The Lookout flying site, located on Mt. Zion in Golden, CO has restricted landing fields, it is in the public eye, and is the only remaining flying site on the Front Range that offers convenient drive-up access to launches. All pilots must receive a site intro before flying Lookout.
Pilots rated less than P4 are required to participate in the Lookout Sponsorship Program.
The site is at approximately 6800 ft MSL, 1000ft above the primary LZ. Launches include possible NE, E. Launches face E and the best flying is had with NE through E wind. It's primarily a thermal site with little ridge soaring opportunity. Mornings are mostly calm, suitable for sponsoring new pilots. Midday finds strong thermal activity with frequent thunderstorms from May-August. Evenings occasionally glass off. Flying is possible year round. Lookout has good XC potential; the Colorado state hang gliding record was set here - 187 miles by Brad Koji, and paragliding record of 181 miles by Jan Voegeli.
Lookout Landing Zone "LZ" is owned by the Colorado School of Mines and by the City of Golden. We fly with permission of these organizations and are required to restrict flying at Lookout to qualified pilots. With that said, we’ll do everything we can to help qualified pilots enjoy this great flying site as much as we do!
Once you meet the requirements get started with the
Introduction Video for Paraglider Pilots:
Introduction Video for Hang Glider Pilots:
Nothing good ever happens on a strong south day.
The most commonly used launch. This launch faces NE and favors NE through E wind. CAUTION: Flight is possible with a N crosswind but this condition may produce terrain induced turbulence just after takeoff. CAUTION: Flight is possible in light SE wind but is generally discouraged due to terrain induced turbulence from the spine just S of launch. Additionally, it is widely agreed that soaring and landing conditions are poor with wind SE wind. CAUTION: Do not fly Lookout in strong SE wind or anytime the wind is S or W. These represent critically dangerous flying situations. Get a site briefing or ask a local for weather advice.
North launch has several wind socks to help monitor variable conditions.
Avoid flying deep in Clear Creek canyon to the north. Avoid thermalling deep behind the hill above launch.
Paragliders typically setup and launch slightly higher up the hill. Hang gliders setup and often launch from a position lower down. There are tie downs for hang gliders in the staging area.
Experienced pilots tend to prefer the North launch as it is easier to determine a South wind component. Avoid flying in strong south conditions.
This is a gently sloping grassy field at the top of a wide bowl. This launch favors NE through E wind. This launch can be used in light SE wind but this wind direction typically results in poor soaring and landing conditions at Lookout. CAUTION: do not use this launch with N wind. The spine to the N produces deadly turbulence. CAUTION: Do not fly Lookout in strong SE wind or anytime the wind is S or W. These represent critically dangerous flying situations. Get a site briefing or ask a local for weather advice.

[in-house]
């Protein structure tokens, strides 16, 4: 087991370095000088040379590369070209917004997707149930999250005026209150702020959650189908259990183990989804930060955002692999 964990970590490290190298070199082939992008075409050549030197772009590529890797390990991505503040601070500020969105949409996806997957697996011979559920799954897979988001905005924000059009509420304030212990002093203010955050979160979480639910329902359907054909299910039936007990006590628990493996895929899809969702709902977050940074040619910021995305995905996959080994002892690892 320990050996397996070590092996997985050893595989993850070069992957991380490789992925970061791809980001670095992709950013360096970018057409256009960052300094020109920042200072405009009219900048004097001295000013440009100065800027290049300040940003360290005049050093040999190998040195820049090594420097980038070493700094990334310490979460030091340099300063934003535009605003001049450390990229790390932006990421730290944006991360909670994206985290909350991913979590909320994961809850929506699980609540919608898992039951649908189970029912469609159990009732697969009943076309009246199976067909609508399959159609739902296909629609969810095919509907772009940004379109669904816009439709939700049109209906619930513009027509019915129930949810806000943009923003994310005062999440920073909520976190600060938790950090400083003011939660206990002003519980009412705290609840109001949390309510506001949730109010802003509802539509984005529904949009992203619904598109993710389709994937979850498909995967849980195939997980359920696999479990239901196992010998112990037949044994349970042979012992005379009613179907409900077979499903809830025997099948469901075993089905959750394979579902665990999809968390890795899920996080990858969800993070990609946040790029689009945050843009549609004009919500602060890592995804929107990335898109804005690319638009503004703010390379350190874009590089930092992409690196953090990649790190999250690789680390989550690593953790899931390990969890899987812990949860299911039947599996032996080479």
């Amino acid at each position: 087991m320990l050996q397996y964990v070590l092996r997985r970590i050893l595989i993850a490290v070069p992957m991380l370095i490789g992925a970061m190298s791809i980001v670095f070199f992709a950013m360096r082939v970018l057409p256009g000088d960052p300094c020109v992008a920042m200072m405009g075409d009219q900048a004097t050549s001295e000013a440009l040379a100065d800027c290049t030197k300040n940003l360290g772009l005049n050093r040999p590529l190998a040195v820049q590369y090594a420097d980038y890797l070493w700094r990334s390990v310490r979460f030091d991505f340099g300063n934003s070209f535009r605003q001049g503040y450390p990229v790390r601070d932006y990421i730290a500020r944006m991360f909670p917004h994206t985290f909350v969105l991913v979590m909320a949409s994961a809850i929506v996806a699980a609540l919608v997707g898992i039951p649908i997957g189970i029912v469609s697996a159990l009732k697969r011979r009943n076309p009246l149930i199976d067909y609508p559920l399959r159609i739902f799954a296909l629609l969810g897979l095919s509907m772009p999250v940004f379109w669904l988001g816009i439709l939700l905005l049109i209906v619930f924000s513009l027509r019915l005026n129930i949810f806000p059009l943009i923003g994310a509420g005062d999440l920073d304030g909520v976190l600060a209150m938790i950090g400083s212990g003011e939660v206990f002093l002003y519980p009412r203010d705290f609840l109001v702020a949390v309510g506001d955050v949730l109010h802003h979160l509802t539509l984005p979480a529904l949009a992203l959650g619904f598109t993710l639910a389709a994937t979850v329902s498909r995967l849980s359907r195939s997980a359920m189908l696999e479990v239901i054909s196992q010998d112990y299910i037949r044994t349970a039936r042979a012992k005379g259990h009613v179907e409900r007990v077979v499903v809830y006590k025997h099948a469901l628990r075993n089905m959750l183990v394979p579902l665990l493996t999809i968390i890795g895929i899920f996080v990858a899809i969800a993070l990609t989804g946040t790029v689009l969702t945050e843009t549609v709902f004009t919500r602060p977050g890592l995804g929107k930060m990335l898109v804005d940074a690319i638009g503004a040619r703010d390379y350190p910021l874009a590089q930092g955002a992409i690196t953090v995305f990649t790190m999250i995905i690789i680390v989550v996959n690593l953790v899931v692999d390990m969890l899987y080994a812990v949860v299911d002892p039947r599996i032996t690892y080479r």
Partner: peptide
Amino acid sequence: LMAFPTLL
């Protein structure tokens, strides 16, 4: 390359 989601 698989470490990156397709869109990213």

Windy gap lies just to the south, and can have strong venturi. Avoid this area. The Miner's field landing zone is visible just to the south.
Several Tandem operations use the south launch extensively. There is plenty of room to give Tandem pilots the space they need to work safely. Individual pilots have many options to lay out and launch without affecting Tandem pilots.
The primary LZ is about 400 yds by 200 yds and is surrounded by obstacles.
Pilots using the primary LZ must note:
Pilots at Lookout typically use either a Figure-8 or Standard Aircraft Approach. For a Figure-8 approach, pilots typically approach from the W. Stay in your figure 8 pattern if you encounter lift. Wide S-turns will enable a gentle approach and avoid the need to make sharp turns close to the ground. For an Aircraft Approach, pilots typically begin by losing altitude over the hill to the SE of the LZ. When low enough, turn & fly over Hwy 93 to the NW. Extend or shorten your downwind leg as needed. The base leg is usually rather short, almost a 180 degree turn back into the LZ. If you are too high on final, finish the approach using the Figure 8 method.
The main LZ can be very poppy and turbulent midday. Wind direction has a considerable effect on landing conditions in the main LZ. Those are:
The LZ is challenging for hang gliders and they have limited landing options. After you land, look around for hang gliders on approach. Gather your equipment and move it to the pack up area. Do not pack up or loiter in the landing area. You will be a hazard to landing hang gliders. In mid-day conditions this LZ can be very thermic and is recommenced for advanced pilots only. There is a windsock a the top of the hill above the south east corner of the LZ. Hang glider pilots should check the grass height especially if landing with wheels.
CAUTION: Upon landing, check for pilots making approaches and then clear the LZ. Packing up in the LZ presents serious hazards for landing hang gliders.
The South LZ is used less commonly. It is a large gently sloping hill just S of the neighborhood below launch. It is a preferred landing option in S wind as the main LZ can be turbulent in this wind direction. It is also a useful LZ if you find yourself low and S of the main LZ. The down-sloping hill faces E. Landing facing E is not recommended as wings tend to glide at the same slope of the hill. Side-hill landing is recommended. It is recommended to walk this LZ before landing it so you can understand the challenges produced by the down-sloping aspect. Ask about this LZ during your site briefing.